Five steps to lower storage costs

Asian businesses can reduce their storage infrastructure costs by basing their buying decisions on the way data is used, says senior Sun Microsystems executive.
Written by Lynn Tan @ Redhat, Contributor
Organizations in Asia should build their storage infrastructure around the way data is organized and used, says a senior Sun Microsystems executive.

Joe Heel, senior vice president of Sun's Global Storage Practice, told ZDNet Asia in a phone interview that storage infrastructure buying decisions should be based on the way businesses organize and use their data.

"When storage first became a part of the computing paradigm, people paid little attention to this and bought storage in whatever was available, and usually to increase disk space storage," Heel said. "And as a result, the storage was relatively poorly utilized and the cost was relatively high."

According to Heel, storing all types of information in the same way makes little business sense, because it increases costs for a company. The amount of data that needs to be stored has also become "a very substantial cost item for many corporations", he added.

To help businesses address these storage challenges, Sun has designed the Information Management Maturity Model (IM3) which comprises five steps to greater financial accountability.

According to Heel, the model helps to address the three things that CIOs are ultimately concerned with: increasing revenue, reducing costs and mitigating risks.

"The IM3 model helps you understand where which type of data you have [is stored] and helps you create an architecture that best matches the way you want to use your data," Heel explained, adding that the model helps Sun customers save money by appropriately configuring their infrastructure to match their data needs.

The five steps of IM3 are:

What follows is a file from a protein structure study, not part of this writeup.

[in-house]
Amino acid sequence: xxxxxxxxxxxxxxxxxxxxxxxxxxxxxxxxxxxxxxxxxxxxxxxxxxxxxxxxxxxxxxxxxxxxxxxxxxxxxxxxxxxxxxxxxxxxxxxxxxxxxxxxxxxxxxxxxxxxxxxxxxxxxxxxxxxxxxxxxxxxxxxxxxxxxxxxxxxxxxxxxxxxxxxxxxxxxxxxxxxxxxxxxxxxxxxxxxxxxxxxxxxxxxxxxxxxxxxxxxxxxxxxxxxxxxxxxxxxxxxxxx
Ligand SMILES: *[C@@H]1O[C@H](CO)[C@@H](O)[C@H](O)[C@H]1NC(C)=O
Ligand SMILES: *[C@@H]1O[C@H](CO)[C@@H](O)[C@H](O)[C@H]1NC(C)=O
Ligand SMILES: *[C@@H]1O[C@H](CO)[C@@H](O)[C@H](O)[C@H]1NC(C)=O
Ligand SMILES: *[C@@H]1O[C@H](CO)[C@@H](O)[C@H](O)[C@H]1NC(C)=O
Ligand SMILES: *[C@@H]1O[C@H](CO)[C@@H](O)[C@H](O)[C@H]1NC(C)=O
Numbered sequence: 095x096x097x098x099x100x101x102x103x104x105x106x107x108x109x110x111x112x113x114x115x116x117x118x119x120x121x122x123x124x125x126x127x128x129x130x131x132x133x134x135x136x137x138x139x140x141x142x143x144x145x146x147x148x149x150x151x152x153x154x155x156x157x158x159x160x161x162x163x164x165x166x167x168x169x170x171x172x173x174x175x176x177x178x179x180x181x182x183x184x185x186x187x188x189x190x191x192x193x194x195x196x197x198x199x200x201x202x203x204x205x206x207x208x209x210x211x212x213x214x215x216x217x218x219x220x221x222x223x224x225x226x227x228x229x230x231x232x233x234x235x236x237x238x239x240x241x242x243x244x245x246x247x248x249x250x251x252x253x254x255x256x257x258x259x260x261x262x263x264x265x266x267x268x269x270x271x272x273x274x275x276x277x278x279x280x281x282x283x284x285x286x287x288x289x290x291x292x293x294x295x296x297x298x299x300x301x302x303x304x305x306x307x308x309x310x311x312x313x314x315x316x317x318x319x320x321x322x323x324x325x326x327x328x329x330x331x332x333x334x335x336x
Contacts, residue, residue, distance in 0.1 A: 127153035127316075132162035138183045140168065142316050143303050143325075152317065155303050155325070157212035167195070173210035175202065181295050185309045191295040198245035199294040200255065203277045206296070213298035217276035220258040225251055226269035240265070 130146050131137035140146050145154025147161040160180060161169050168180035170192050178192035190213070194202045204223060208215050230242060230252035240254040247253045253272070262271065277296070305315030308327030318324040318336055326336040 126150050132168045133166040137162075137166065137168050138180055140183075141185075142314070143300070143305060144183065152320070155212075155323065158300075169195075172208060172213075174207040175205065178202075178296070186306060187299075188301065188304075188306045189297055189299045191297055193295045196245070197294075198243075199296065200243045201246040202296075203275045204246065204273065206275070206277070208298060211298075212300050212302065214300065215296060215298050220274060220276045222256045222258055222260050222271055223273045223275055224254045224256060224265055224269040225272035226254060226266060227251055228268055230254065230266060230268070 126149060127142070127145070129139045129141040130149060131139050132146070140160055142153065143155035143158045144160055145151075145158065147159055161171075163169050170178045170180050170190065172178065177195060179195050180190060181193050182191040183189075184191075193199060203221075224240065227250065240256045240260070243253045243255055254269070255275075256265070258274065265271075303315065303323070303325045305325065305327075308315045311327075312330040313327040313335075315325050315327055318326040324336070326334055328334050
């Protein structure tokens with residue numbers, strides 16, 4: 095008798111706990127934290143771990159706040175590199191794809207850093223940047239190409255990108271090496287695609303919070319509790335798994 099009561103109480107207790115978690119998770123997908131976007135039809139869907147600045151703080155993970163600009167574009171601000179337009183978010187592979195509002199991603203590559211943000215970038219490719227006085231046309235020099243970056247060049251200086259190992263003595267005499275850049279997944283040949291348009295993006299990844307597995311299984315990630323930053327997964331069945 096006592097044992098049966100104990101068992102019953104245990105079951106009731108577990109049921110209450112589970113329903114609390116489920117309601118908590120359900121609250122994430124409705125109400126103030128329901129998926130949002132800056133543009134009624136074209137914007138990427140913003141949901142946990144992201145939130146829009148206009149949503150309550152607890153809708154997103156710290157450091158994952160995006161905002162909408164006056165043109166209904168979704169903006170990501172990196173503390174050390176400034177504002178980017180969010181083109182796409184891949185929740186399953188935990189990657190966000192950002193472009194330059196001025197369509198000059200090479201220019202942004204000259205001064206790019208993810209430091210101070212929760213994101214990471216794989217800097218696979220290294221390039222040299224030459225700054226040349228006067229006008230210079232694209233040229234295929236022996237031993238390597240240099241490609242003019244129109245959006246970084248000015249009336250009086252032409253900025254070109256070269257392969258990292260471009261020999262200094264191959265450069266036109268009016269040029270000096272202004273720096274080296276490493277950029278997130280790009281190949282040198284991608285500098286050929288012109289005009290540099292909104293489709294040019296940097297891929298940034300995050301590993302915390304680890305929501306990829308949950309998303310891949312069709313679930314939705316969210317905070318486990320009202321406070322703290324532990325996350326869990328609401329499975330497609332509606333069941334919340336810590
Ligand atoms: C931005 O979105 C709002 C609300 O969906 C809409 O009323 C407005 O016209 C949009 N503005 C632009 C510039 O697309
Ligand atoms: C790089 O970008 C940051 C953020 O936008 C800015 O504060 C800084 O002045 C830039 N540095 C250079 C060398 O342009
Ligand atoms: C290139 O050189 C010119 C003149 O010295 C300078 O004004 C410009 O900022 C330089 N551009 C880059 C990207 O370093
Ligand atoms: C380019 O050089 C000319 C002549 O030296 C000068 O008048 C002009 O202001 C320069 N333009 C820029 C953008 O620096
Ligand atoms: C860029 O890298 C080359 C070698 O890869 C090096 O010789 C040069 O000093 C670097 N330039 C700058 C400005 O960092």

1. Define business requirements
Identify unique business requirements and how they relate to data. These relate to business recovery, performance levels, compliance issues, customer expectations, and competitive needs.

2. Assess present situation
Define service level agreements (SLAs) for the identified business requirements. This makes it possible to remove or redeploy storage assets that are not needed.

3. Tier, consolidate, and simplify
A tiered storage strategy ensures that expensive primary disk is used only for high-value data. It also relieves the backup burden by relegating low-value data to less expensive, offline storage tiers.

Citing archival data, such as tax or medical records, as an example, Heel said that this type of information is best stored using devices and software that are inexpensive, but do not provide "as fast access to that data" compared to primary storage.

"For example, tape storage is a very good place to put such data," he said, noting that it is very cheap and consumes no energy when unused, but requires longer access to the data stored.

"If you know this, and if you know which data is of that nature, you can put [the data] on the right type of device and you can see how that might save you a lot of money," Heel said.

4, Define a 'catalog' of service levels
Define a catalog of service levels, each with a predefined cost.

If a business unit needs 99.999 percent availability for a mission-critical data set, it can receive--and pay for--that level of service. When the value of the data drops and 90 percent availability level will suffice, the business unit can switch to a lower service level--and pay a lower cost.

5. Monitor, manage and provision
Built-in monitoring and reporting capabilities help provide better visibility into the true costs of storage, optimized storage environments.

Monitoring and reporting are also key to implementing a chargeback model, which allows the IT department charge specific business units for services rendered, Heel noted.

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